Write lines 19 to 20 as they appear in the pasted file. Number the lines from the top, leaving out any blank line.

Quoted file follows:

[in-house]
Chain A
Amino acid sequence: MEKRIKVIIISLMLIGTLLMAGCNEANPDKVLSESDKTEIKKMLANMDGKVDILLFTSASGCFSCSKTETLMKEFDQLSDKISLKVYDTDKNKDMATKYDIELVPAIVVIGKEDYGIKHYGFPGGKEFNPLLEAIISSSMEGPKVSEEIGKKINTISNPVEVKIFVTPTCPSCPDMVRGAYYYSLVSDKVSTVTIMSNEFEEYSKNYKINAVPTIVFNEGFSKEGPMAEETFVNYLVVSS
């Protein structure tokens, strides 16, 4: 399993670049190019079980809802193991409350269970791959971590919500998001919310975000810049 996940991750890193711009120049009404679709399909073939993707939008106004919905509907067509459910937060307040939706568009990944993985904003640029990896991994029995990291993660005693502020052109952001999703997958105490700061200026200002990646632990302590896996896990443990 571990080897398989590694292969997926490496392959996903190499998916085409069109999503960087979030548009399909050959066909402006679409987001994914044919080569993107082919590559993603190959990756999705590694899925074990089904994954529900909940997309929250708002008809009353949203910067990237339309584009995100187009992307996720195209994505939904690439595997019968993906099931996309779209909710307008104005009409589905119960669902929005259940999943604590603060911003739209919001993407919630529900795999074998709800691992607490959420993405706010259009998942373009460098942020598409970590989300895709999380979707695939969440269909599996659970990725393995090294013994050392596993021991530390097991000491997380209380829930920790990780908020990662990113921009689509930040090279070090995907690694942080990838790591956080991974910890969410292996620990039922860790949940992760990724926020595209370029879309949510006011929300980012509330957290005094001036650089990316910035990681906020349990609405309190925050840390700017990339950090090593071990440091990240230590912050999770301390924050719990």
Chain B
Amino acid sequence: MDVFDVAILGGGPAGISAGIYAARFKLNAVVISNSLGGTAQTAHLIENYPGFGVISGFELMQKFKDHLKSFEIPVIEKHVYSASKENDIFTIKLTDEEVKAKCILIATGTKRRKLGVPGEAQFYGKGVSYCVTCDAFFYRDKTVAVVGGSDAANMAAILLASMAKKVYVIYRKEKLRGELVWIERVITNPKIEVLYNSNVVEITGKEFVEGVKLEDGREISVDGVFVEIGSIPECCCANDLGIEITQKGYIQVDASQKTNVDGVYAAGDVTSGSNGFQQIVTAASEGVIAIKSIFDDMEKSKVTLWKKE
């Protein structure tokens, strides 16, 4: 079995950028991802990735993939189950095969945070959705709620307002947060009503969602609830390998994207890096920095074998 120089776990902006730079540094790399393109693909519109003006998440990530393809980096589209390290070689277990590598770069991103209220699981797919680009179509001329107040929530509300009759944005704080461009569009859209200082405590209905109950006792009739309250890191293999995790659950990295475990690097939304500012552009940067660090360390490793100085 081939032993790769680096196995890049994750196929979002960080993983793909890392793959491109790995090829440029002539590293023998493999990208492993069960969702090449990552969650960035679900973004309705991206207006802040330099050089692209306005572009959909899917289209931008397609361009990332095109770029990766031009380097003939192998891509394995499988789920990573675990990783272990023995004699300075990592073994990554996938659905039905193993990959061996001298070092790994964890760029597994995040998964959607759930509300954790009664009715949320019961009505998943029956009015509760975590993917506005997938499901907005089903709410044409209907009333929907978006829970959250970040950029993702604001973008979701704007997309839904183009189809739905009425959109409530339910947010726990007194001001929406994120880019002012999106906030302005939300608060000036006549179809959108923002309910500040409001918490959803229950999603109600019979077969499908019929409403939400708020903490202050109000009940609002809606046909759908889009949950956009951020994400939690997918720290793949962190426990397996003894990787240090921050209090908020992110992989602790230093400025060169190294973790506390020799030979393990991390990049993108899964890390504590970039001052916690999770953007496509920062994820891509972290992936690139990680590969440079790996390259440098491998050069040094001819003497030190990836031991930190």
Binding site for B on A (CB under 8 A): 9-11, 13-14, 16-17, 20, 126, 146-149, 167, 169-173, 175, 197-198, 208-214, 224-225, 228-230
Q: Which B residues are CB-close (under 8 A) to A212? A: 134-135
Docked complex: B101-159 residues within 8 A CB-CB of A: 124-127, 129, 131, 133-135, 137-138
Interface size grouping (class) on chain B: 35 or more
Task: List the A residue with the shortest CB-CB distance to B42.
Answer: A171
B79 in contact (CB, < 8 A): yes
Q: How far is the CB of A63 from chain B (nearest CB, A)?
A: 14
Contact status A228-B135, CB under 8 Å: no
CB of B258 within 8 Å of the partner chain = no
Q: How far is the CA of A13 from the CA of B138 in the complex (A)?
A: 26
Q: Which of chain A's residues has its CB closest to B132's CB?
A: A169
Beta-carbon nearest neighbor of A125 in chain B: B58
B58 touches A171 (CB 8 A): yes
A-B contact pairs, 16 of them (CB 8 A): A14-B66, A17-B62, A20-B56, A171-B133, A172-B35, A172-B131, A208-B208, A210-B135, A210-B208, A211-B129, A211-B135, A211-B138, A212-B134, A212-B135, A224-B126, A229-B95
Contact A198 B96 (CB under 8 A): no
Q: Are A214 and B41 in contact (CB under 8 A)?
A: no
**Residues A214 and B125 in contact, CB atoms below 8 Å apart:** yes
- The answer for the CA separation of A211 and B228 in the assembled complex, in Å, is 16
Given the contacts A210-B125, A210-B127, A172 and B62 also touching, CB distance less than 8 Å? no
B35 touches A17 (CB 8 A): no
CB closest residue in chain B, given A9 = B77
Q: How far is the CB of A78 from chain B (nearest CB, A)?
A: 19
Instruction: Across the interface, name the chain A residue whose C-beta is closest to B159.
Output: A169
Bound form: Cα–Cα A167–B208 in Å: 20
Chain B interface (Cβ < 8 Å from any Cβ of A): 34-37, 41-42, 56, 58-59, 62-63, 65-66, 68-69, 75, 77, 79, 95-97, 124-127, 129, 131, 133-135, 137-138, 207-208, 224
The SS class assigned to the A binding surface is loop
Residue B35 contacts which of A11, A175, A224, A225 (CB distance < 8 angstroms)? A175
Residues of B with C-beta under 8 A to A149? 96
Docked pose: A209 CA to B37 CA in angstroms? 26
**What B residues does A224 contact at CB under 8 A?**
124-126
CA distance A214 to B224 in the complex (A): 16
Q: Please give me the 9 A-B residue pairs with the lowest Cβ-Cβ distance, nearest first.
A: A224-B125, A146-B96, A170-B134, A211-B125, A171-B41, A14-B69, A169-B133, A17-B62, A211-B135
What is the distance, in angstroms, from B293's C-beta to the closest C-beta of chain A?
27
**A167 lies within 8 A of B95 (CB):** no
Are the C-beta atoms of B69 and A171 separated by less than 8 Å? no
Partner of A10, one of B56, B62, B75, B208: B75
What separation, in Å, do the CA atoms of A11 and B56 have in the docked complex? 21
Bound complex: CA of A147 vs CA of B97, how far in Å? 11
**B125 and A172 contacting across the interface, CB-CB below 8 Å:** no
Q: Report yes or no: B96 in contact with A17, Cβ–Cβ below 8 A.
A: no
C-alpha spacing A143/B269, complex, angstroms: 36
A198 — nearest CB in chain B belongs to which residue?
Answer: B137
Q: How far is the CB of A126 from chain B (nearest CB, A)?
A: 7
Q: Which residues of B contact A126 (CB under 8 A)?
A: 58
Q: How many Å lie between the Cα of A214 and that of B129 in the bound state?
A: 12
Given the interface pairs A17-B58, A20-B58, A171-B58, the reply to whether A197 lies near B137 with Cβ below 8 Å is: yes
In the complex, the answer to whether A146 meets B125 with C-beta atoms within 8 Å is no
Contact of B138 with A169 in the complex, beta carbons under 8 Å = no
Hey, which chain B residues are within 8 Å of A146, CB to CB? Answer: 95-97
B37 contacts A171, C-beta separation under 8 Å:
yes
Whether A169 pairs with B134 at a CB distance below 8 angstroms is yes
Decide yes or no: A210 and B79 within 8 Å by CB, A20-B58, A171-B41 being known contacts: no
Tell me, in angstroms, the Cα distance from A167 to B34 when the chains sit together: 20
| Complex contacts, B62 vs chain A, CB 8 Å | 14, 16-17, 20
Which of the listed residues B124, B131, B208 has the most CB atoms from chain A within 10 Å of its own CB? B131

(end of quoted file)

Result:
Q: How far is the CA of A13 from the CA of B138 in the complex (A)?
A: 26